This paper assesses disparities in self-reported unmet needs for care in doctor visits and dental care within native and immigrant groups in 15 European countries. Self-reported unmet needs for care refer to the fact that despite identified healthcare needs individuals forego healthcare utilisation for a variety of reasons. We define the immigrant status according to three dimensions: being born abroad, not having the citizenship, being a second-generation immigrant, and the country of origin to identify European and Non-European immigrants or non-citizens. Using a set of non-linear regression models, we explore a number of channels to explain disparities in foregone care between immigrants and natives. Our results show that (i) both first- and second- generation immigrants are more likely to forego care even after controlling for health needs and socioeconomic factors, the effect being mainly driven by immigrants of non-European origin, (ii) the lack of citizenship however leads to a lower access to doctor visits and dental care (iii) only second-generation immigrants with Non-European origins have a slightly higher intensity of doctor visits, (iv) there are country-specific horizontal inequities in foregone care disfavouring immigrants, (v) we rule out language barriers, social trust, religiosity and disparities in health shocks as potential channels explaining disparities in foregone care between immigrants and natives and find that satisfaction with basic health insurance partially explain observed disparities.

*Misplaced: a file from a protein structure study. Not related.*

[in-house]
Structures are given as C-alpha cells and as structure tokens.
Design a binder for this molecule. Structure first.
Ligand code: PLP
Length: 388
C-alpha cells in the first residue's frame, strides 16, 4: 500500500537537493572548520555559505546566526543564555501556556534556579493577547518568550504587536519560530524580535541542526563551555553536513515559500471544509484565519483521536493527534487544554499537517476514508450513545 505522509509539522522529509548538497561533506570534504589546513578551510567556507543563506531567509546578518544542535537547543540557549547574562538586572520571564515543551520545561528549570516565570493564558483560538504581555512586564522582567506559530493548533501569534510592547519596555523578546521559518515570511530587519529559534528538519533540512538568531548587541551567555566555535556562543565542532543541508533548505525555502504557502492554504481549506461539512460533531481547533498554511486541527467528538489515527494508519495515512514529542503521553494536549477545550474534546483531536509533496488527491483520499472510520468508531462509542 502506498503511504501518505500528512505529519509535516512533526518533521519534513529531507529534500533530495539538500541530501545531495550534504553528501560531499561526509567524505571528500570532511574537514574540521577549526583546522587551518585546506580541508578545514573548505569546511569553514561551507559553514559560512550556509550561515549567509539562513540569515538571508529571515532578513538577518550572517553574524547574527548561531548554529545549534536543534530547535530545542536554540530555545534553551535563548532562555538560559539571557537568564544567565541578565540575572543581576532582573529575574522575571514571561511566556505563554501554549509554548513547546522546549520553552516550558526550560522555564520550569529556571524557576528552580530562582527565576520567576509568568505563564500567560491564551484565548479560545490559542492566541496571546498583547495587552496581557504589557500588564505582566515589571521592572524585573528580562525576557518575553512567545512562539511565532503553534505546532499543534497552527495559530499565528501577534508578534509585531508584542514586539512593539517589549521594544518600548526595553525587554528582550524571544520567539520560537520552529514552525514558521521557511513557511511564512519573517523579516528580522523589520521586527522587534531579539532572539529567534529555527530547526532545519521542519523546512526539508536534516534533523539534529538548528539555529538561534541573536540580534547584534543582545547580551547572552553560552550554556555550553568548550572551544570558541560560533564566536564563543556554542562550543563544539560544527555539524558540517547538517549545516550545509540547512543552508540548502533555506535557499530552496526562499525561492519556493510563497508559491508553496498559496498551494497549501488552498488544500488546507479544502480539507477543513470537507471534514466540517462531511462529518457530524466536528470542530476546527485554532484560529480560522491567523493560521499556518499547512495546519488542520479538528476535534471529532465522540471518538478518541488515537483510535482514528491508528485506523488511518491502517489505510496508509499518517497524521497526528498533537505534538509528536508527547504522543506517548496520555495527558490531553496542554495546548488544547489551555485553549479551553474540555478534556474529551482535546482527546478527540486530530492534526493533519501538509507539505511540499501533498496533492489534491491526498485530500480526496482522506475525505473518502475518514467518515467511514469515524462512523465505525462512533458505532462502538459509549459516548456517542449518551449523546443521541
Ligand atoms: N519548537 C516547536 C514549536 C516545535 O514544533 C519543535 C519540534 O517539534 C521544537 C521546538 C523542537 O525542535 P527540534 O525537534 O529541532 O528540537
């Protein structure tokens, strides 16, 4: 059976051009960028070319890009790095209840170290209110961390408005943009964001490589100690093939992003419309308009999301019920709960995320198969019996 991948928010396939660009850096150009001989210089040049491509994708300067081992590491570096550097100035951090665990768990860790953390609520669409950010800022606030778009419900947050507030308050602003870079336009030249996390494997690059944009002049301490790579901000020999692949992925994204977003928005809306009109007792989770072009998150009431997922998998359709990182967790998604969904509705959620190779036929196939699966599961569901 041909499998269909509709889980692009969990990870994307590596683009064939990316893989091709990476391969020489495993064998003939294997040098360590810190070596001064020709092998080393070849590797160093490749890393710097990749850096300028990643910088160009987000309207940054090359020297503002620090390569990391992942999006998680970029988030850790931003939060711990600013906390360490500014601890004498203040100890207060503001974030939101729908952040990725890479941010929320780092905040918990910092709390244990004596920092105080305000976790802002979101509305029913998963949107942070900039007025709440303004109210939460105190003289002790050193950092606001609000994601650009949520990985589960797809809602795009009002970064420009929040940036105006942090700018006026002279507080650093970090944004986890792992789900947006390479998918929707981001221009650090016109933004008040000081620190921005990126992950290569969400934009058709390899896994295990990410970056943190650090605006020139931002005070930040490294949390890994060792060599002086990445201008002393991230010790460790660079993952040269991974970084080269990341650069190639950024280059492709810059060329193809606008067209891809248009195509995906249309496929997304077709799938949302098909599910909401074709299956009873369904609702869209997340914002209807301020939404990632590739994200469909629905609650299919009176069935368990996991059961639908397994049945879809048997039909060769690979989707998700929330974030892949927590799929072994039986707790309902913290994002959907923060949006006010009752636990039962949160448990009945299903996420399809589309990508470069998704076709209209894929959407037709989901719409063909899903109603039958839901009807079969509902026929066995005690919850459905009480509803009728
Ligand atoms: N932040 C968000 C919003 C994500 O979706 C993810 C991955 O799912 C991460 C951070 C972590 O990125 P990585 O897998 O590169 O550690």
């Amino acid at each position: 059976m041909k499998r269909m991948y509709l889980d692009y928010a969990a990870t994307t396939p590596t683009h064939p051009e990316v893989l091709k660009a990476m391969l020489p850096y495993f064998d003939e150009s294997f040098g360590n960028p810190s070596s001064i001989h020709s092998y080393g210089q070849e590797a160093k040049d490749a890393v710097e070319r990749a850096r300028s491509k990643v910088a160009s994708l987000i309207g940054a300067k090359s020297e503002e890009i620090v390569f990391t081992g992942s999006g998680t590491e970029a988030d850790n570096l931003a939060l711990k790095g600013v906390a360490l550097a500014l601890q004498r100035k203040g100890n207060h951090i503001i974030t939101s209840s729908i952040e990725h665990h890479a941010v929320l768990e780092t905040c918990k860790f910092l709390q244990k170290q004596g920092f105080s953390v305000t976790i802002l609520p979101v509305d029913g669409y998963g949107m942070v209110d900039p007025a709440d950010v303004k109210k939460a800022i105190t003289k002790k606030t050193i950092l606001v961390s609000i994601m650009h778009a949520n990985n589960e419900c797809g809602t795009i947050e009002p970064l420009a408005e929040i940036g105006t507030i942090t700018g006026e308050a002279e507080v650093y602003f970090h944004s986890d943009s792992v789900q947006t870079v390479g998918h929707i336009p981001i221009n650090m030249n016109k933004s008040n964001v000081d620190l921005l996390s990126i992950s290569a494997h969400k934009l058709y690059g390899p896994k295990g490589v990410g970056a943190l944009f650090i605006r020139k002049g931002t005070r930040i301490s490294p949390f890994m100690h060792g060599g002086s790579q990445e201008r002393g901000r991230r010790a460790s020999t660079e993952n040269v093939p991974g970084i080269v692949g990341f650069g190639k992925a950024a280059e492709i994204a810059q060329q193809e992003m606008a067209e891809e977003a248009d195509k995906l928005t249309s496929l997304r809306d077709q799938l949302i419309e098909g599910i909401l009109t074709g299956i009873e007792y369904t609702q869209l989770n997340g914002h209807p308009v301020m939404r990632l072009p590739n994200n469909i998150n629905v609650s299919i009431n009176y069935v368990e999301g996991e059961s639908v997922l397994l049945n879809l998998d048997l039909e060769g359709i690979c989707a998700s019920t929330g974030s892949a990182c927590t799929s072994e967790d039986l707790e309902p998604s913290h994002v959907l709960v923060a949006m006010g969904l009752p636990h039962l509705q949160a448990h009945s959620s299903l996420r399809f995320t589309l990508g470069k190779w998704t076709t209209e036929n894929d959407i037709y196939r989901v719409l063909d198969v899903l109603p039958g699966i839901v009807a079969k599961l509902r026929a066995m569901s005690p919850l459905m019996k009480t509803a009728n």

Co-authored with Sandy Tubeuf
08 Daniele Verdini (IRES/LIDAM, UCLouvain)
China shock, Markups, and the Evolution of Aggregate Productivity
15 Charles de Beauffort
Debt management in a world of fiscal dominance
Archives 2021 - 2022
Programme - academic year 2021 - 2022
14 Joseph Gomes (IRES/LIDAM)